When you move there are always compromises. We gave up our beautiful open fire and wonderful garden in favour of offroad parking, an upstairs bathroom and a kitchen about 3 times the size of our last one.
Those of you who have followed my along this journey will know that cooking (and eating) are very important to me and having the chance to have a bigger kitchen, with everything onhand rather than stuck in the loft was too good a chance to give up.
but then there is the compromise I mentioned. No not giving up the open fire (although we will get back to that) or the wonderful garden but the kitchen we inherited which isnt the finished article of my dreams. Yes there is lots more space, yes I can have everything to hand but OH HELL NO it not what I would have chosen.
The kitchen is someones idea of heaven – all cream with lots of detailing and end units, whicker baskets, drawers and a nice metal sink all crammed into the wrong space. It even has a “lovely” green floor thats been lovingly laid. As I said it is someones idea of heaven but it is by no means the kitchen of either of our dreams.
Things came to a head one night after a couple of sherries when the Dazzler admitted that he hated the kitchen as much as I did and that, my dear readers, was the straw that broke the camels back. I was fed up with waiting for that mythical day when we would have the money to magically rip out our kitchen.
BUT we dont have the money to rip this out just yet – and when that day comes it will involve complete remodelling and patio doors adding in to change the look and feel of the house, but in the meantime we needed to do SOMETHING.
So one day this week I spent the evening on Pinterest investigating options. I fell in love with this kitchen belonging to a couple in San Francisco – who used Ikea cabinets with real wood doors – and whilst we by no means have the funds for bespoke doors or handmade wooden floating shelves an idea took shape…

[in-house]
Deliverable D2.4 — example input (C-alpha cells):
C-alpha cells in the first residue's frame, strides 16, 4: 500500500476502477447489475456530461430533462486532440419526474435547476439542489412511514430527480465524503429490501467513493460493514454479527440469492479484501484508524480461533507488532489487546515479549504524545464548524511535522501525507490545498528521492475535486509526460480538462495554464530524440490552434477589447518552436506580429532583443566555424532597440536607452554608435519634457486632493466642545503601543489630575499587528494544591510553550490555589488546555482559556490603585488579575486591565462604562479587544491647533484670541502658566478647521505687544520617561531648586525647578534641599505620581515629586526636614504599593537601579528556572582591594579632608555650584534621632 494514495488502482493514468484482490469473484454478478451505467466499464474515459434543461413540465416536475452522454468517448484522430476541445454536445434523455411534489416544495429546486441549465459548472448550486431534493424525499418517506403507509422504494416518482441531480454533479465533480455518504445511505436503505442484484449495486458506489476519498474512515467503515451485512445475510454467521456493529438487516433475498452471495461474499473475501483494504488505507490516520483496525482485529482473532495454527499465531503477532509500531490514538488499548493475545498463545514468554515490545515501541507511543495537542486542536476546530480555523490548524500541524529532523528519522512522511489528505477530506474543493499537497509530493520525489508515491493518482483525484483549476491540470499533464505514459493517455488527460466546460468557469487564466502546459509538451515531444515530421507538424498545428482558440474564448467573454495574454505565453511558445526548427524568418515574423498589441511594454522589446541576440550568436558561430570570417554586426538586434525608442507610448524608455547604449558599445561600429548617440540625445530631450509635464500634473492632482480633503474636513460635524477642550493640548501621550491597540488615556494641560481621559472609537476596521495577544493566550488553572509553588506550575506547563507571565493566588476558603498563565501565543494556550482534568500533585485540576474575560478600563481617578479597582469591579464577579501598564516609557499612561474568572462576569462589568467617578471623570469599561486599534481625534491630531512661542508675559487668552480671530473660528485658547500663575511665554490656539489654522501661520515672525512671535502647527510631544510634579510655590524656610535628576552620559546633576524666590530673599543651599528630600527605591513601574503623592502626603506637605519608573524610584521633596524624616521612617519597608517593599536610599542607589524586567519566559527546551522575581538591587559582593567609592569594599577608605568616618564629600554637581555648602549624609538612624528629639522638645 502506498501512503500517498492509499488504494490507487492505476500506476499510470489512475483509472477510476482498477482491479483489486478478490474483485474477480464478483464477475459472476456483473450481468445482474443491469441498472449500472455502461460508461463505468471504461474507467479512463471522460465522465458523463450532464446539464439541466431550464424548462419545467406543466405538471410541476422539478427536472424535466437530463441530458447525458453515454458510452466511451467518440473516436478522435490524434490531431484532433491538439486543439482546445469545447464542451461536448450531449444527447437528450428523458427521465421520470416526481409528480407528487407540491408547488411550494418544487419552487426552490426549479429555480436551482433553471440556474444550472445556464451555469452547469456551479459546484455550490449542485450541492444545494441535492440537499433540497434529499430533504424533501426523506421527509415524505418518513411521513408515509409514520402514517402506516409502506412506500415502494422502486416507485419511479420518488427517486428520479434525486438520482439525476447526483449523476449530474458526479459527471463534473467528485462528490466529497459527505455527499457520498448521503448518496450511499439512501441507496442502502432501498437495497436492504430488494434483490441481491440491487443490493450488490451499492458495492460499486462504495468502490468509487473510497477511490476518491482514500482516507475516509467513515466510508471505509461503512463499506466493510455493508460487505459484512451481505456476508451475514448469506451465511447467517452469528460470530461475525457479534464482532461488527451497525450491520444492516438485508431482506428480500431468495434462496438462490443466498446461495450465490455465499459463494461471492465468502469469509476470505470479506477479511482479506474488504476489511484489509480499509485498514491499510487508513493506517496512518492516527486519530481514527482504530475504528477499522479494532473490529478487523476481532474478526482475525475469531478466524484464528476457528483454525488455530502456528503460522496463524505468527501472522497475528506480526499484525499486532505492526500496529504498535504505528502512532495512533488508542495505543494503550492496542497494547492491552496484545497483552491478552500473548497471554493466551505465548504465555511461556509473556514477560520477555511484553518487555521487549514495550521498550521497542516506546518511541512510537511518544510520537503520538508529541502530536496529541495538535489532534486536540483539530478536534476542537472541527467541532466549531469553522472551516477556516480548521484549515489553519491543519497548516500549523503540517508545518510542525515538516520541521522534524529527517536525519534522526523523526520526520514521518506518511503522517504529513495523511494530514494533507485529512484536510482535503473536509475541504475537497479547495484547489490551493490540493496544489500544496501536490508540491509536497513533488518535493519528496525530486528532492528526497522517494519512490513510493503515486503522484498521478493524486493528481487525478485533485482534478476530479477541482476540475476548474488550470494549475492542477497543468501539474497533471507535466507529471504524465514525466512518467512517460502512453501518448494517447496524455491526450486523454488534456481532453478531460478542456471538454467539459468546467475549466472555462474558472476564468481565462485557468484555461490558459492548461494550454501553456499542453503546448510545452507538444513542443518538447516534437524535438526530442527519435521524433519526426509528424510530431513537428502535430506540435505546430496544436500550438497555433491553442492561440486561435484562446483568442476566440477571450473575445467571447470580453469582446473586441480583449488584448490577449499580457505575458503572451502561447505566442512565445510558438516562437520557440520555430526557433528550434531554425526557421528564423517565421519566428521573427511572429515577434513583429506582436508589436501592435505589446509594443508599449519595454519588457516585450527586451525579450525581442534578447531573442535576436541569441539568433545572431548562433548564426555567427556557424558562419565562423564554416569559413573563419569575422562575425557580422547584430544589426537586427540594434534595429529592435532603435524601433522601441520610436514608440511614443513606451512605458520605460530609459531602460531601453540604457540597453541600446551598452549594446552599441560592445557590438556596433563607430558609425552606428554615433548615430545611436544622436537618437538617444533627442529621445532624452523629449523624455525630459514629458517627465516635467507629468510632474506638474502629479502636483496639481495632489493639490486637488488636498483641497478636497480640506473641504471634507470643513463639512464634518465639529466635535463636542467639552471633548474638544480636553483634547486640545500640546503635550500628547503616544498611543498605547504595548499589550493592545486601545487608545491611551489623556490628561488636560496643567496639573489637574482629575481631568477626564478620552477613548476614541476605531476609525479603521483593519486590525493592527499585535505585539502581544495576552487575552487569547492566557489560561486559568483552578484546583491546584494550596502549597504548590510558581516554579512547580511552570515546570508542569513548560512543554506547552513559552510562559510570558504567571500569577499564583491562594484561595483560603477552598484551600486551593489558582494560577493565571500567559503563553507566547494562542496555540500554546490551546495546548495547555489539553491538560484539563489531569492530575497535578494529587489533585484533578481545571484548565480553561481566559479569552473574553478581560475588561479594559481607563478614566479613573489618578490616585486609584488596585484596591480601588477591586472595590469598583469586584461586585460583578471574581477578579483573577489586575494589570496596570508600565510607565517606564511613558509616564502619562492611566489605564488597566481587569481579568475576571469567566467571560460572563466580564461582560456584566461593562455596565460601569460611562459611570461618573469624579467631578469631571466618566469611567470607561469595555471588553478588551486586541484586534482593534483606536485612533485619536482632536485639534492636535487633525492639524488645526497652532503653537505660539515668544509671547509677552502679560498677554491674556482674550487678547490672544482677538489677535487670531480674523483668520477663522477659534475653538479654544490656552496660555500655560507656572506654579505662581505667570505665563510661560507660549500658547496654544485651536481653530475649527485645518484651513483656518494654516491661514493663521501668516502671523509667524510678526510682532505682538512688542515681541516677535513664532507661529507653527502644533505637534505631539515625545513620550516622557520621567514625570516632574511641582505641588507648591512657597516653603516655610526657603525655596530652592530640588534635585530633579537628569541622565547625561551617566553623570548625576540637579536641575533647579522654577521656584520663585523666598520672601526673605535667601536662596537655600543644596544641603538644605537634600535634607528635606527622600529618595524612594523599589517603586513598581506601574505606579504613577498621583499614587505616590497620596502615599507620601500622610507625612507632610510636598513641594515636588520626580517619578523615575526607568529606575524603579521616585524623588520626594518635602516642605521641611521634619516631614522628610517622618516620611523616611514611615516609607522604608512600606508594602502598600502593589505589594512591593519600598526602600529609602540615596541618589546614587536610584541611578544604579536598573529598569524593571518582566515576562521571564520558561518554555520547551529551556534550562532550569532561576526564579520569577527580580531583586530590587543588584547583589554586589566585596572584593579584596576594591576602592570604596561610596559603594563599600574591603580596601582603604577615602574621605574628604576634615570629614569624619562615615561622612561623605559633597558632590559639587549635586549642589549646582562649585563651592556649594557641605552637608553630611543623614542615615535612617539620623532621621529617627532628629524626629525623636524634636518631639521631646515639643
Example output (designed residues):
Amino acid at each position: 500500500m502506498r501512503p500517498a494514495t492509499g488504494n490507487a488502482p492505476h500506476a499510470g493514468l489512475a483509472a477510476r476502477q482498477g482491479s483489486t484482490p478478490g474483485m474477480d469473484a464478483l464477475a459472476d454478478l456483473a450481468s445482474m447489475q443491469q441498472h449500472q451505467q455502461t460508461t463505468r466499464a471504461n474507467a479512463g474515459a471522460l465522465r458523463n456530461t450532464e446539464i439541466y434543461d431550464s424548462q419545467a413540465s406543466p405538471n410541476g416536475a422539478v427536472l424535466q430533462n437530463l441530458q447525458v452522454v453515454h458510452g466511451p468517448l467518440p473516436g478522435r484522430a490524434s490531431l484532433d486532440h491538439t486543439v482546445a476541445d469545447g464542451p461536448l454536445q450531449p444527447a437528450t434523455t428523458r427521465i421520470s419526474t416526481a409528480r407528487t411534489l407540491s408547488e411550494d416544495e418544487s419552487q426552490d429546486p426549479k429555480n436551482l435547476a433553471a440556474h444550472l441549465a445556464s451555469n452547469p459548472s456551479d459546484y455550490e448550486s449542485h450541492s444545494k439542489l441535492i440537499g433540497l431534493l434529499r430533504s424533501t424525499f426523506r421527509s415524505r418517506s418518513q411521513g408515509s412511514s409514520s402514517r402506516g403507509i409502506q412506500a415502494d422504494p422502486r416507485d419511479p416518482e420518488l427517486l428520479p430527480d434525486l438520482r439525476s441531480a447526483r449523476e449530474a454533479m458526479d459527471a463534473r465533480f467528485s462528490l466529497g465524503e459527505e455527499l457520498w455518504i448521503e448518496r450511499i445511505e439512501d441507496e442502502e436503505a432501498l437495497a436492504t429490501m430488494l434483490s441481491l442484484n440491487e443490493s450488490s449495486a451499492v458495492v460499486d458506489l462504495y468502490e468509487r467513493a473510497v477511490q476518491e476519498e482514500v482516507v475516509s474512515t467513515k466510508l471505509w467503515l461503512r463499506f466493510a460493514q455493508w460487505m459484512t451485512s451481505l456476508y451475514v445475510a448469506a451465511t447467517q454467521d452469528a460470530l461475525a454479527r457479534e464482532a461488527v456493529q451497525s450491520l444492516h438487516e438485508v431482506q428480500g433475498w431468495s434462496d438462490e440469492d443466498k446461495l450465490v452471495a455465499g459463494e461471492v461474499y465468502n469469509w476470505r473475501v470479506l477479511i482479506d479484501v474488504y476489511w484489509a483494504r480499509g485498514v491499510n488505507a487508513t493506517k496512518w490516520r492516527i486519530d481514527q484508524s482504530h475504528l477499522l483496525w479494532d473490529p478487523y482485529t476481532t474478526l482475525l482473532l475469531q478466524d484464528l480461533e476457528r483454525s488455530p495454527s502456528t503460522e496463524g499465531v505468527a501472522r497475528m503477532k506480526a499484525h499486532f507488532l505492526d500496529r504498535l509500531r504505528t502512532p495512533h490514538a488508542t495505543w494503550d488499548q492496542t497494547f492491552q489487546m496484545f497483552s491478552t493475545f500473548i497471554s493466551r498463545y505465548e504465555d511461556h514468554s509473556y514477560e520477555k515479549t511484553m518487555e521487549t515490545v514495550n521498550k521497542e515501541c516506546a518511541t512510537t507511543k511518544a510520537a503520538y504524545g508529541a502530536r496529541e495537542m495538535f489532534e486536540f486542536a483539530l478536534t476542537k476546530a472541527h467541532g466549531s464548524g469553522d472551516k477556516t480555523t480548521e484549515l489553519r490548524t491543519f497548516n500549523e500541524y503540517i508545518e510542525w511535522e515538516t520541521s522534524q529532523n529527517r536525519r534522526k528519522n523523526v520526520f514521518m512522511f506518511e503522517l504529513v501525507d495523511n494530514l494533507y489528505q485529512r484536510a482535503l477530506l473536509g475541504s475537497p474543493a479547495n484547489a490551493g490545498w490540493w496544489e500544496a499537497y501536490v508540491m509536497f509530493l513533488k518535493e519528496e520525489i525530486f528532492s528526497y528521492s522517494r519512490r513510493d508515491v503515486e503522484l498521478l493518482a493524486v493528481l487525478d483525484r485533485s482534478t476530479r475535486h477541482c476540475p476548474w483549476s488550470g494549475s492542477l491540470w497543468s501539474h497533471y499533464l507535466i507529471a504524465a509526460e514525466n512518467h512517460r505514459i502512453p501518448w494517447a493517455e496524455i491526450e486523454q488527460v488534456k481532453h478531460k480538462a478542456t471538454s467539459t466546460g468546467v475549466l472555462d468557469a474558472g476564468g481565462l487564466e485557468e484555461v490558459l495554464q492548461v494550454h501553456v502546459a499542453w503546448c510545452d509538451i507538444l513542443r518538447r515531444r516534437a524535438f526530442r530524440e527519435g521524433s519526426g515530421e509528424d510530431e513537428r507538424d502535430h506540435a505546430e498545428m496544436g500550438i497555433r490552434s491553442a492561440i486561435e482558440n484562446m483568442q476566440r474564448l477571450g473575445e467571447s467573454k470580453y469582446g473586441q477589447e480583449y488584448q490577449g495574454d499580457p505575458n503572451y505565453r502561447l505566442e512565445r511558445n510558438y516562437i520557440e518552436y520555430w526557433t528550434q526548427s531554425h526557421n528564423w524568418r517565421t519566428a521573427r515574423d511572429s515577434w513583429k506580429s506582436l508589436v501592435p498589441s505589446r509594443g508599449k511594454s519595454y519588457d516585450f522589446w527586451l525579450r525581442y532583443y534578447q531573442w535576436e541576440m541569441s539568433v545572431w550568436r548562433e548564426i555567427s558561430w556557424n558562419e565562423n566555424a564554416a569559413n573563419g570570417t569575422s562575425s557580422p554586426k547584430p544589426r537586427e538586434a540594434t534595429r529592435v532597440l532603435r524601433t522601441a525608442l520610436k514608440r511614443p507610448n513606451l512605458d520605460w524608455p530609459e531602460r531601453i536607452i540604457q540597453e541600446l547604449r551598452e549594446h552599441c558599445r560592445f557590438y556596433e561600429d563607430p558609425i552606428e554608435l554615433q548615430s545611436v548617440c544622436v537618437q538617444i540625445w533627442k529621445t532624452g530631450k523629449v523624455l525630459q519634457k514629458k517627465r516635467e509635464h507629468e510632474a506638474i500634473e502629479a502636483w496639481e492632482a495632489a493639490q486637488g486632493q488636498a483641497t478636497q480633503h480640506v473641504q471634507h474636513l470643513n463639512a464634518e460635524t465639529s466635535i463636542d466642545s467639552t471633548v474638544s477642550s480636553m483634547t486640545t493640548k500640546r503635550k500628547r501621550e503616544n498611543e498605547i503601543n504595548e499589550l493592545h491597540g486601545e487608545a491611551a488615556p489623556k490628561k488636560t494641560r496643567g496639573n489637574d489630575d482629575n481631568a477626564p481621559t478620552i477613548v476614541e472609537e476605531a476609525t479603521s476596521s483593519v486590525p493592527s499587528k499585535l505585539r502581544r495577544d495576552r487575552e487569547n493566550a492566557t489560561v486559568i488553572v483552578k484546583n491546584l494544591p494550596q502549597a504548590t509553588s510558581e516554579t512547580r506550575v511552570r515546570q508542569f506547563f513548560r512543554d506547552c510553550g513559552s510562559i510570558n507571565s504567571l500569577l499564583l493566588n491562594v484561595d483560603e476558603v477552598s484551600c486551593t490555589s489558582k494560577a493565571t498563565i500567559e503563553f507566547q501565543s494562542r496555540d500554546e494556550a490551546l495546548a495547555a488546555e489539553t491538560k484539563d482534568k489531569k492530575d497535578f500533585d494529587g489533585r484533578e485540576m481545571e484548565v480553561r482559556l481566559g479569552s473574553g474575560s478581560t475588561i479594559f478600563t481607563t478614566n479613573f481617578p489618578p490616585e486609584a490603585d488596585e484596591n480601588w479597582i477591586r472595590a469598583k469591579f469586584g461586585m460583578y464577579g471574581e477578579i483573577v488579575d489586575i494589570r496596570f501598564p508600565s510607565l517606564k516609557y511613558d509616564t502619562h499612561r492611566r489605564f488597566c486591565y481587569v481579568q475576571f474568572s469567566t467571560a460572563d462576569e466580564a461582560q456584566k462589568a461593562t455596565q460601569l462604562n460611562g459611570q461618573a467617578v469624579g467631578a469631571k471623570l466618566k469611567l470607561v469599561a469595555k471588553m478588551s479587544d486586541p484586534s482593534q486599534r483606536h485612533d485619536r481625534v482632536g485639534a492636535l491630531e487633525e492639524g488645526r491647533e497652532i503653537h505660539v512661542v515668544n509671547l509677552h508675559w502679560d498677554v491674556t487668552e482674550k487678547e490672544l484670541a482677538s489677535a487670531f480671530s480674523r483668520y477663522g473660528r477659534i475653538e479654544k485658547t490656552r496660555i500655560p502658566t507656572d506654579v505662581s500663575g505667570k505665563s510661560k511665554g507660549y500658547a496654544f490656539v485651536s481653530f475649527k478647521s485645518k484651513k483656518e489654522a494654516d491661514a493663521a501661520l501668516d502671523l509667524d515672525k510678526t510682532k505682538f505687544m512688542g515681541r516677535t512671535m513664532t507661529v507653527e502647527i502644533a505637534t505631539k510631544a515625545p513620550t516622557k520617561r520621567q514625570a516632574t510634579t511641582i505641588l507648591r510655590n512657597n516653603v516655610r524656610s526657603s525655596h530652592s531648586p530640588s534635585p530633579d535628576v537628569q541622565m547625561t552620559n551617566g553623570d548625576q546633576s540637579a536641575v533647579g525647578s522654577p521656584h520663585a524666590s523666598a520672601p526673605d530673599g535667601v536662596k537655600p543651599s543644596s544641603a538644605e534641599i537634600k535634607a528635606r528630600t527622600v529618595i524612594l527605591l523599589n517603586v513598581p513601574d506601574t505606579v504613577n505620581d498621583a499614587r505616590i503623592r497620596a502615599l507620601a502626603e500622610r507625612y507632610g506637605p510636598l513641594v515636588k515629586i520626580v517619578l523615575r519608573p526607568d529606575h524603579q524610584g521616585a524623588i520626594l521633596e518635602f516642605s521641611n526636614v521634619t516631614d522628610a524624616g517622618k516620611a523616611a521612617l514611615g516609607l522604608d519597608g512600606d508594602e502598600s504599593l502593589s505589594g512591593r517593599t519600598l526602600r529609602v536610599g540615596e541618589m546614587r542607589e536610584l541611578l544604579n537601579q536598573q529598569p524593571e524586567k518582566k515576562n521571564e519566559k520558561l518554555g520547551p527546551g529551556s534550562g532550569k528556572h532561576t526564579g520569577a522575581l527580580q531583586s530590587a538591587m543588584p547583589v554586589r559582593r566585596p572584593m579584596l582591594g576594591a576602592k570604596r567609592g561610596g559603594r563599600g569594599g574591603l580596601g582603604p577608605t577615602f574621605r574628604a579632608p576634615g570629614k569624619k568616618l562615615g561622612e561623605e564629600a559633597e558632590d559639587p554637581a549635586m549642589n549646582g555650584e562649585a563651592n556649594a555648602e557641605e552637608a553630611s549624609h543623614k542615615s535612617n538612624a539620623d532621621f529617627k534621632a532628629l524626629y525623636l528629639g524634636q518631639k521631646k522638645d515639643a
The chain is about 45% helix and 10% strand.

Our current kitchen has similar shaped doors (although ours are melamine) and whilst our worktops are wood – they will work with the grey of the above. I started to strip one of the doors and drawer that had ripped melamine and thought about stripping everything off and painting it. Further investigations showed me that I could not only paint over my existing melamine cupboards but I could do it without even priming thanks to this bad boy…
My only concern was how was I going to get the grey I wanted in cupboard paint – I needn’t have worried as in store they offered 2 variations of grey and the granite grey was just what I was looking for.
Now I admit my limitations (my DIY skills are legendary in their kack-handedness) so at this point I called in a friend favour with the wonderful Jo who does lots of odd jobs including great decorating, gardening and apparently – cupboard painting. Her rates are incredibly reasonable but we did a trade this time – which suited both of us fine!!
She took my basic idea – converting what we had into a more subtle matt grey design and made it real. She did this by prepping the cupboards, filling in the finishing details that wound me up, and sanding everything down before even starting to paint. By this point I would have done no prep – but would have started half painting cupboard doors and then left the job half done.
Once she finished prepping (and going out to get the things I’d forgotten to get in) Jo then painted the frames, doors and drawer fronts and finally fit our original white nobs back to the cupboards. We are keen to get brass knobs but so far I haven’t found any that inspire me and actually the white nobs were good quality and work against the grey.
She even did things I hadn’t even thought about – like painting the kick-boards to match everything else -and did things I never do (2 coats anyone?) and has left us with something I thought was impossible – a shaker style granite grey kitchen which fits not just our kitchen, but our style.